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July 23, 2014

N.Y. African-Art Museum Scaled Back as Fundraising Falters

After repeatedly postponing completion of a new home facing Central Park, the Museum for African Art has reduced the budget and downsized ambitious design plans amid stagnant fundraising, The New York Times writes.

The museum, which has occupied several small spaces around New York City since its founding in 1984, has spent 17 years on efforts to take a place along Fifth Avenue's Museum Mile. The $135-million project budget has been slashed by nearly a third, and distinctive design features such as a ceiling of rare Ghanaian wood and an elaborate spiraling staircase have been shelved.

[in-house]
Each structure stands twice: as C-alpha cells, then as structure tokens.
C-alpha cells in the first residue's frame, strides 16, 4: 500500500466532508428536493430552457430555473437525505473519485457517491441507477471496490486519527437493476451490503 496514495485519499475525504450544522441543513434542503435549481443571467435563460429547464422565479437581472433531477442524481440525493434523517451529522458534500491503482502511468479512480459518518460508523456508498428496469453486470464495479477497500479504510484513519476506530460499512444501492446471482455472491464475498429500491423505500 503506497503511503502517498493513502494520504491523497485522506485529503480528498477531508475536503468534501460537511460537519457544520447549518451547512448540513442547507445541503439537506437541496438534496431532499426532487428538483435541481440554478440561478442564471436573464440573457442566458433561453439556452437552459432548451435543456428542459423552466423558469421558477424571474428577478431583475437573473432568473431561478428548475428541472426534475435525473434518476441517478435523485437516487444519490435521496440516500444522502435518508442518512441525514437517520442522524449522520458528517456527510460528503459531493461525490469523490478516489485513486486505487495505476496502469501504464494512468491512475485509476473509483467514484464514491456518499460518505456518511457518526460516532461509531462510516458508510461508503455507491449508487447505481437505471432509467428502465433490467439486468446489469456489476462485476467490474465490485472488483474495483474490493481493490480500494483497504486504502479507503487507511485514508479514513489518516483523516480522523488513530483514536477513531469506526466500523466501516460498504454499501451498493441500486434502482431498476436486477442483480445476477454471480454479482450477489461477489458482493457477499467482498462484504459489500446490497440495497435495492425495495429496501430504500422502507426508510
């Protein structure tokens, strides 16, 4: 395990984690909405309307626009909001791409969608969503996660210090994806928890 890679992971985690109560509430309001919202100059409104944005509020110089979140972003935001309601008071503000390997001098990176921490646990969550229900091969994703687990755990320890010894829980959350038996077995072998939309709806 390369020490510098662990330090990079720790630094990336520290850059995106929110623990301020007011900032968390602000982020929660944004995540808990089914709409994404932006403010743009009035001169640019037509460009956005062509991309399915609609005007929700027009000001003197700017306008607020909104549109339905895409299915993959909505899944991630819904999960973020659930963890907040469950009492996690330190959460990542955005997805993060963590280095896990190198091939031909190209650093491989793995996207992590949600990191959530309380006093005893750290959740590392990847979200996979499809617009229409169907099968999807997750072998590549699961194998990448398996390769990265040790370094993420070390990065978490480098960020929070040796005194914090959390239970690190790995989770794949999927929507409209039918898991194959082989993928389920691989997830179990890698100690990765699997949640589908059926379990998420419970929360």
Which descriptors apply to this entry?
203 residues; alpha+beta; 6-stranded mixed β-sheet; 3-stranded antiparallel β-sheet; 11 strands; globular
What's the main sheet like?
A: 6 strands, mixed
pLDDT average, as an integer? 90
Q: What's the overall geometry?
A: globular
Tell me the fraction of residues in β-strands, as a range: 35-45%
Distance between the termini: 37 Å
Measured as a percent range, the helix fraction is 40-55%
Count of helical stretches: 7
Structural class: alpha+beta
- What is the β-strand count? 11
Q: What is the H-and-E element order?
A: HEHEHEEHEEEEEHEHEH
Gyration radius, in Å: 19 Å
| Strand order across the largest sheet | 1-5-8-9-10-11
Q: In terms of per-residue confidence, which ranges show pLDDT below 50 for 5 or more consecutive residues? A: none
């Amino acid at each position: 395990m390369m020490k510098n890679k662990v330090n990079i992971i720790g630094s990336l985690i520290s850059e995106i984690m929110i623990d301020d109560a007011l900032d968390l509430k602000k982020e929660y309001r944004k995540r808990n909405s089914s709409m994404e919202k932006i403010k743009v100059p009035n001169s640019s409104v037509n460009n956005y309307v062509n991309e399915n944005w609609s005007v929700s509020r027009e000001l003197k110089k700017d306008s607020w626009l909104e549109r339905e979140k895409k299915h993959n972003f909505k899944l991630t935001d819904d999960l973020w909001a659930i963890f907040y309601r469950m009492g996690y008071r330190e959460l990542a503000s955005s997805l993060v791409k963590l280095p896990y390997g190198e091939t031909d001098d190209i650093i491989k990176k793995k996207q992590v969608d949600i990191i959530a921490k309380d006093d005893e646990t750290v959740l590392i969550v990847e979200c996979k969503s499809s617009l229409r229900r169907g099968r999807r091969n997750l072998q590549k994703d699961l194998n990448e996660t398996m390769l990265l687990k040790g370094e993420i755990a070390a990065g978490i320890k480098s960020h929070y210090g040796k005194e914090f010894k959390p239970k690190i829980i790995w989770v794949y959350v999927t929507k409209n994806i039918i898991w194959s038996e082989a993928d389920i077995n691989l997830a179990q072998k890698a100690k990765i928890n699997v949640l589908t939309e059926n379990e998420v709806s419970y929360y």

Lacking the large endowments and wealthy board members of institutions like the Metropolitan Museum of Art, smaller museums with grand plans and optimistic expectations of support have been hit harder by economic downturns, the Times says. The African-art museum raised some $75-million in the early stages of the project, which was initially slated to open in 2009, but donations dropped to less than $1-million in fiscal year 2013.